A large crowd of people, both family and press were at the LBJ Ranch on Christmas Day, 1963. Members of the large Johnson family had come for dinner, and the press were there to take the family's Christmas picture. This footage, made up of silent clips, not in any particular order and with some repetition, captures President Johnson treating members of the press to an extensive tour of the ranch grounds and house, including the dining room, his study, and the master suite, and handing out souvenir ashtrays. According to newspaper reports, the President's tour caused Christmas dinner to be served very late, and an increasingly irritated First Lady made it clear that her gravy "was not getting better with age."
Purchased from a family member in 1951 while Lyndon B. Johnson served in the U.S. Senate, “the ranch,” located in Gillespie County in the Texas Hill Country was the Johnsons’ family home. The LBJ Ranch made its debut to the American public during Johnson’s vice presidency (1961 - 1963) when it was used to host state visits of foreign dignitaries, high-ranking Washington politicians, and campaign functions. As President (1963 – 1969), Johnson conducted official business at the ranch, including state visits and lawn chair staff meetings, earning it the name, the Texas White House. On December 2, 1969, the ranch, along with Johnson City and Johnson's birthplace, was authorized as Lyndon B. Johnson National Historic Site, and became a United States National Historic Park on December 28, 1980. Both President and Lady Bird Johnson are buried in the family cemetery within the National Historic Park.
Gordon Wilkison began work as a cameraman at the local Austin television station KTBC (now FOX 7) during 1952, its first year of operation. At the time the station was owned by the Texas Broadcasting Company, which was owned by Senator Lyndon B. and Lady Bird Johnson. This relationship would continue to shape Wilkison's career well into the next decades - during the Johnson administration, Wilkison covered the president's visits to Texas, preparing material for national and international news correspondents.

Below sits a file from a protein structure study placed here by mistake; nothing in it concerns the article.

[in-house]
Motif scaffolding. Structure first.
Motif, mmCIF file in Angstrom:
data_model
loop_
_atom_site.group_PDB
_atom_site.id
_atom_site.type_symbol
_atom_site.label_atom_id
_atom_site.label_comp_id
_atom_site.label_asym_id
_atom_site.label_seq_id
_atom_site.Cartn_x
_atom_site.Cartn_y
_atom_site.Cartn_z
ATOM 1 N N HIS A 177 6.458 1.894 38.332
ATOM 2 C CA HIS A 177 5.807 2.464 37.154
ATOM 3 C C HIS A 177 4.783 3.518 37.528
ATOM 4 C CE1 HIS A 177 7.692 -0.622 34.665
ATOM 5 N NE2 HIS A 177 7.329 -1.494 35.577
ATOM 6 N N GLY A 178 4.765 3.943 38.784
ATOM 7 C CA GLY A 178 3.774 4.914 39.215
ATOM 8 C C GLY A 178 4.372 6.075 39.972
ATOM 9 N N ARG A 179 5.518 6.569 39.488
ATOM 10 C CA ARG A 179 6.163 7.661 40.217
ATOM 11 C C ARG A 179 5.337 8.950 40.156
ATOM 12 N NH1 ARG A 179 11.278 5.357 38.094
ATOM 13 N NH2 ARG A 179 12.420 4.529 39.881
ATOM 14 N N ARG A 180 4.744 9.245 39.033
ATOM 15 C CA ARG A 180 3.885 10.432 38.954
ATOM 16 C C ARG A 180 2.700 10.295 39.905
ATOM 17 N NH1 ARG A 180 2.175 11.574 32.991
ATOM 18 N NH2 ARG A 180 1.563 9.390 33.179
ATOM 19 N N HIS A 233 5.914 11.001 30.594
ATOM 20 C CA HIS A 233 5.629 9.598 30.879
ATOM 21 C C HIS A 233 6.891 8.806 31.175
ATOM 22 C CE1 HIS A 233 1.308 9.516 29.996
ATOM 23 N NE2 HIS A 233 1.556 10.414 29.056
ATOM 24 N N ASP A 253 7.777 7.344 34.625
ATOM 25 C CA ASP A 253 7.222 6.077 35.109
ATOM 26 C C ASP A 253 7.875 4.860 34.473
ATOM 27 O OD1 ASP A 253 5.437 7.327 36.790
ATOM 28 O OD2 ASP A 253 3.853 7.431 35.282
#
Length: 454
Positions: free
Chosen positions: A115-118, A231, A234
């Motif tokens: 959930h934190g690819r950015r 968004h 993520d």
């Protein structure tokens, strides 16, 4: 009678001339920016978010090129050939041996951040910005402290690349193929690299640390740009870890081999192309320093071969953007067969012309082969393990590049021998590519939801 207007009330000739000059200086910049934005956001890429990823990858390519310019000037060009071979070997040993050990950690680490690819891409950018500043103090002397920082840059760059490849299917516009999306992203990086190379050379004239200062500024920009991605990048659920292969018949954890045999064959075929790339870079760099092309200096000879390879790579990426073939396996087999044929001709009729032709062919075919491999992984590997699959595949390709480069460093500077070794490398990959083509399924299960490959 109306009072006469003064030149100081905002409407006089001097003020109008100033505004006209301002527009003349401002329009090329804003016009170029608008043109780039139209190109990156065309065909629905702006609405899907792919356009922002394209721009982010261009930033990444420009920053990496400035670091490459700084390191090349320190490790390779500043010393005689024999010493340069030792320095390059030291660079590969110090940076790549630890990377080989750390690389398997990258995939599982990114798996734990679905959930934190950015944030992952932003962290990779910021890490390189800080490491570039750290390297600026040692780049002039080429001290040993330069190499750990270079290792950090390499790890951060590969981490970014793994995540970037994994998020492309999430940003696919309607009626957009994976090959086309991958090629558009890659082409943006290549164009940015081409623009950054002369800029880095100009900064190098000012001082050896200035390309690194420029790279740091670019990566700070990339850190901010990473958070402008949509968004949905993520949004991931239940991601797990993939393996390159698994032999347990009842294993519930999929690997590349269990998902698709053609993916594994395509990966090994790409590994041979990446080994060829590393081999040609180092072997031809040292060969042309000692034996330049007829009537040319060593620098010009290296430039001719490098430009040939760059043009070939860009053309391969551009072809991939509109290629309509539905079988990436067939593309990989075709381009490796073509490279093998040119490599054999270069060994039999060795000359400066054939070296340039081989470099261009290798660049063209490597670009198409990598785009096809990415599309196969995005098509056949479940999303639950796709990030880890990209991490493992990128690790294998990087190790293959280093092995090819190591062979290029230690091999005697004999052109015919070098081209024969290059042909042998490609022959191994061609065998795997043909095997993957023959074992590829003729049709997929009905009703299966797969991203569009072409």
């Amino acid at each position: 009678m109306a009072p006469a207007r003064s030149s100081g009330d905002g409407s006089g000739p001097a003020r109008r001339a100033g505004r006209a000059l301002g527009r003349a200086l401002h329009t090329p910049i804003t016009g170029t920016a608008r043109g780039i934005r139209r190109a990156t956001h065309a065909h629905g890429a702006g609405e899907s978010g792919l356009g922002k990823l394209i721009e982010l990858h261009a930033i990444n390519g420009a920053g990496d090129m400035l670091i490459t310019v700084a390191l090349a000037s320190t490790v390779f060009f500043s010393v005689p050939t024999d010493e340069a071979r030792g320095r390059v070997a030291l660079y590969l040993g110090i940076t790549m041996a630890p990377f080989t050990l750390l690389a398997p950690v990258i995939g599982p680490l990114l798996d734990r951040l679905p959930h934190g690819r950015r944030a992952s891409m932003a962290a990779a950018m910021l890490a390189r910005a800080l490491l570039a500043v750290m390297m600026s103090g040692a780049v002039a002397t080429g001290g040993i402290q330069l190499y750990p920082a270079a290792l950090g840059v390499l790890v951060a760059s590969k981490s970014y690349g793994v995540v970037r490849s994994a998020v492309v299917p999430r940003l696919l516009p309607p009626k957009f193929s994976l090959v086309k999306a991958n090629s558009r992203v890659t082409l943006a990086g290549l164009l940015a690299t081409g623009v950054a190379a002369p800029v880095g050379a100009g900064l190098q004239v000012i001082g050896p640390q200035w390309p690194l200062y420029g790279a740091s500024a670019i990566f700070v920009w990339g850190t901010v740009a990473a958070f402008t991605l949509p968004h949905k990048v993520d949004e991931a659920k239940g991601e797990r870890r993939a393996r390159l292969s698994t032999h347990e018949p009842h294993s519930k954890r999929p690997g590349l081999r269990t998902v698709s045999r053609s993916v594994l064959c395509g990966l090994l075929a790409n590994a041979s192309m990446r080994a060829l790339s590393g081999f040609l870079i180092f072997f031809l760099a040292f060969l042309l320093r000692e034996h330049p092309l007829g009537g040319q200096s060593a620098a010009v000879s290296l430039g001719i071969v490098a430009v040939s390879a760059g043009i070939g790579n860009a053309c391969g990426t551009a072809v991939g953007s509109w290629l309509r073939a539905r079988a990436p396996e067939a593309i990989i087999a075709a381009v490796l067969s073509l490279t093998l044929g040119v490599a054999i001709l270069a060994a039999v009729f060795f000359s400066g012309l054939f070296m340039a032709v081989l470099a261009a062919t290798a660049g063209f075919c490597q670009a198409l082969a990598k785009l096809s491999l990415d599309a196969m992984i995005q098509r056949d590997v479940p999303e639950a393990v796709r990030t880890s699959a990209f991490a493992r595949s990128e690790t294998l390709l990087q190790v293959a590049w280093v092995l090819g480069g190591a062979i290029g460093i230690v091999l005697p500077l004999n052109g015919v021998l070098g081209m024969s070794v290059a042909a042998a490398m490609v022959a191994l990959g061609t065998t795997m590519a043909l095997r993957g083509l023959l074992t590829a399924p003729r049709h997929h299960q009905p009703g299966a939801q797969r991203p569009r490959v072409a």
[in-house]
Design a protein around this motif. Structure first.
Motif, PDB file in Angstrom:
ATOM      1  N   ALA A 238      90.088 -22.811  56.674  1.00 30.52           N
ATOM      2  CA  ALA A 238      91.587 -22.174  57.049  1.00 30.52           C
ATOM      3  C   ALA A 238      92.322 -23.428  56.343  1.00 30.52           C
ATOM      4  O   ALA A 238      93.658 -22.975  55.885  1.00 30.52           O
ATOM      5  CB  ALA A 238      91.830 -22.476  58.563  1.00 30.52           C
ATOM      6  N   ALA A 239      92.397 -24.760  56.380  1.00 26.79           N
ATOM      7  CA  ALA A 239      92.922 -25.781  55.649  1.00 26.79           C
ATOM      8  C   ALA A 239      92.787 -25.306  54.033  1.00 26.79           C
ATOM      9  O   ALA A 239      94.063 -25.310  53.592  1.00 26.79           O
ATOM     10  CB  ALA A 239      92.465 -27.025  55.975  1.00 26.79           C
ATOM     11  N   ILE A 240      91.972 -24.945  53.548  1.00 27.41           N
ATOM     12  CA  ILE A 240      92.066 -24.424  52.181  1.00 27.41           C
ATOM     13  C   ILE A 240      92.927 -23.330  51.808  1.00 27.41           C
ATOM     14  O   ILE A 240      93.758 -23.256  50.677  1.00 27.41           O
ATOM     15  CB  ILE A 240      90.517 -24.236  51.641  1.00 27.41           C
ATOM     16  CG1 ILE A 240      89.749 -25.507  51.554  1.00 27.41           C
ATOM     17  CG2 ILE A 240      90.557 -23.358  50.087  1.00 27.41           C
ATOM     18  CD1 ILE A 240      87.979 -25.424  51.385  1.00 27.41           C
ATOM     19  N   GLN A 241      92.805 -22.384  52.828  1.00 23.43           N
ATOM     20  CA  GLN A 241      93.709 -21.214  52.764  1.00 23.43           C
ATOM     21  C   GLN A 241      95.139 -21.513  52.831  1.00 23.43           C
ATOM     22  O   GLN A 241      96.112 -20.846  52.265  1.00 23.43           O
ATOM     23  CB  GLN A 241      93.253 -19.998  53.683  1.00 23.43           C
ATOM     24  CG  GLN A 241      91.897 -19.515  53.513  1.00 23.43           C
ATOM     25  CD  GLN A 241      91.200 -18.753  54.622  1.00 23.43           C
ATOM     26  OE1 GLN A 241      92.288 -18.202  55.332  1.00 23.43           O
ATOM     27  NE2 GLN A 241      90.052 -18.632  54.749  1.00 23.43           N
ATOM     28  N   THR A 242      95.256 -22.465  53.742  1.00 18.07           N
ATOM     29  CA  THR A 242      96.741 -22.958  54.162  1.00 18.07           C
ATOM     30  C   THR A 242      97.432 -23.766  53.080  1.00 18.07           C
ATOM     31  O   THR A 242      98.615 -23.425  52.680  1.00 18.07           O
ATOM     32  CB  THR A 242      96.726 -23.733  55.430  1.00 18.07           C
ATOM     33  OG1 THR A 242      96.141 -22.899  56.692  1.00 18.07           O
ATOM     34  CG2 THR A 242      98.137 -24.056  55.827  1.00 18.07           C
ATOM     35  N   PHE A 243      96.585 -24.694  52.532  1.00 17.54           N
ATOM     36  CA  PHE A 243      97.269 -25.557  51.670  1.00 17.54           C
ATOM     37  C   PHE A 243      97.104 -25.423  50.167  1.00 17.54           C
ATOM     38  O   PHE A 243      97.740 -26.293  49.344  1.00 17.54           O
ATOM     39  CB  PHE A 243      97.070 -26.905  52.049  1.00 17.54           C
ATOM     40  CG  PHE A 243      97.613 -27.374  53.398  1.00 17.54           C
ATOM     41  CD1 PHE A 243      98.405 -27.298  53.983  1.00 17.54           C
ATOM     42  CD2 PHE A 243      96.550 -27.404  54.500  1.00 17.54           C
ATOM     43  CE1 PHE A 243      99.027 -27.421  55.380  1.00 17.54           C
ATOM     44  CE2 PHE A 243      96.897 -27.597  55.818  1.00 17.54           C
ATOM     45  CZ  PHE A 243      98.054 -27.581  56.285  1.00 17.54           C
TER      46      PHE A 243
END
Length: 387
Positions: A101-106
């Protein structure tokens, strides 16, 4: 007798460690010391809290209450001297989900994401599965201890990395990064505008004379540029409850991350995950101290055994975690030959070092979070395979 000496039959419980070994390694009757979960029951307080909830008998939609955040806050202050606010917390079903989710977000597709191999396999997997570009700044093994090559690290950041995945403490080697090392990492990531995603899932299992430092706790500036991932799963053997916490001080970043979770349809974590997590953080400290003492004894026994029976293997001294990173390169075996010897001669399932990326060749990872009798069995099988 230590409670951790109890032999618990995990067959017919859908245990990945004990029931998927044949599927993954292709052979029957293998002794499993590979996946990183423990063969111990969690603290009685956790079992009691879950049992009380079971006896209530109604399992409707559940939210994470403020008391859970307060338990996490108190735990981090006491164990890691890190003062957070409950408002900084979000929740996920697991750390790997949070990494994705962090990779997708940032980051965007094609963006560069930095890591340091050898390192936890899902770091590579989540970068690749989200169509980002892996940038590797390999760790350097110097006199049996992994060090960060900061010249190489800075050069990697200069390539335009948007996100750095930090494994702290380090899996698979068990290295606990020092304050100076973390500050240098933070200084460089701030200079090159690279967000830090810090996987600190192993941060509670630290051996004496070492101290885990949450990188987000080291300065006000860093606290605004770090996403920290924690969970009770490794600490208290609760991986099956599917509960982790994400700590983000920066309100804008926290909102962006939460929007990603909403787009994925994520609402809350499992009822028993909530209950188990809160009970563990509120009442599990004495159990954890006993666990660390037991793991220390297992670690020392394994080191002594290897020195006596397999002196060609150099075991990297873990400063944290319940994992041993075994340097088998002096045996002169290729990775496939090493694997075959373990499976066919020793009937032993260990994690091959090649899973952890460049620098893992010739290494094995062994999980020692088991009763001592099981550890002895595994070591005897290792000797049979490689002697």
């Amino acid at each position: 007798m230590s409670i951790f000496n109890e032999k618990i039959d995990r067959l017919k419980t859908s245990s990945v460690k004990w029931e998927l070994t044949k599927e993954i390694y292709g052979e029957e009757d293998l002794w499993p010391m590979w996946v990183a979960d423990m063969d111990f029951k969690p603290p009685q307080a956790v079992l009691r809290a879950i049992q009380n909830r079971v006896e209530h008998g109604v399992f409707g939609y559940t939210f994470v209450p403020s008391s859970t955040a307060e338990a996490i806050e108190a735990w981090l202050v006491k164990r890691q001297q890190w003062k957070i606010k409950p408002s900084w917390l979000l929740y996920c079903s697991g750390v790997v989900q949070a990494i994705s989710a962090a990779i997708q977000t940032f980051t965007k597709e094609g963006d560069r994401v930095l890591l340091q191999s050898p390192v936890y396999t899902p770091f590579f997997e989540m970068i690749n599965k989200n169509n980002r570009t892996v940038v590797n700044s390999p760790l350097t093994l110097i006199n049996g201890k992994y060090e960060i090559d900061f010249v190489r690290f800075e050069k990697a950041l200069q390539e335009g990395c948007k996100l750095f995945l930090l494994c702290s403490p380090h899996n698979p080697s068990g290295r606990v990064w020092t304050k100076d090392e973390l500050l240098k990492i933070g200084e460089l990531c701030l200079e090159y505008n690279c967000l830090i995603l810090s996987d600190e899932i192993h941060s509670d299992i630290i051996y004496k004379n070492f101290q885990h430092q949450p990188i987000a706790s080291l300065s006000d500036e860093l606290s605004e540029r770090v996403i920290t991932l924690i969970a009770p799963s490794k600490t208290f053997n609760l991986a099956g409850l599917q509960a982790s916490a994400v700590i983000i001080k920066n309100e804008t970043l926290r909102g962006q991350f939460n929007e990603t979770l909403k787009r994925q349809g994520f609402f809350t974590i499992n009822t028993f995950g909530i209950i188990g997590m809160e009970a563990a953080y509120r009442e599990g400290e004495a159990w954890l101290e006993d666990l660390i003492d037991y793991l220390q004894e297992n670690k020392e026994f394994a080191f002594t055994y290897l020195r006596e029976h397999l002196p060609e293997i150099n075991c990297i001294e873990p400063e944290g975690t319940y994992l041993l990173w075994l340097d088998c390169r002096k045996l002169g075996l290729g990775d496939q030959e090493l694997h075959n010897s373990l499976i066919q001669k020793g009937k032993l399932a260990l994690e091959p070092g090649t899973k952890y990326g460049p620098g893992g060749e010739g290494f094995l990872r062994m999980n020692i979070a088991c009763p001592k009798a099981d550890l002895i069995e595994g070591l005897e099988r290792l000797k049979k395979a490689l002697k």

A particularly notable moment in his career occurred on August 1, 1966, when Wilkison and KTBC reporter Neal Spelce risked their lives to capture footage of the Tower shooting at the University of Texas.
Wilkison was also the General Manager of Photo Processors at the LBJ Broadcasting Corporation, which he later took over and renamed Cenetex Film Labs. In addition to his camera work and film processing, his work at the station also included direction of a number of television film productions.
Outside of KTBC, Wilkison shot, edited, and processed Longhorn football game footage for the University of Texas, a partnership that lasted nearly 30 years.
Recognizing the historical value of film and news footage, Wilkison kept the material, later contributing hundreds of reels to the Texas Archive of the Moving Image's collection.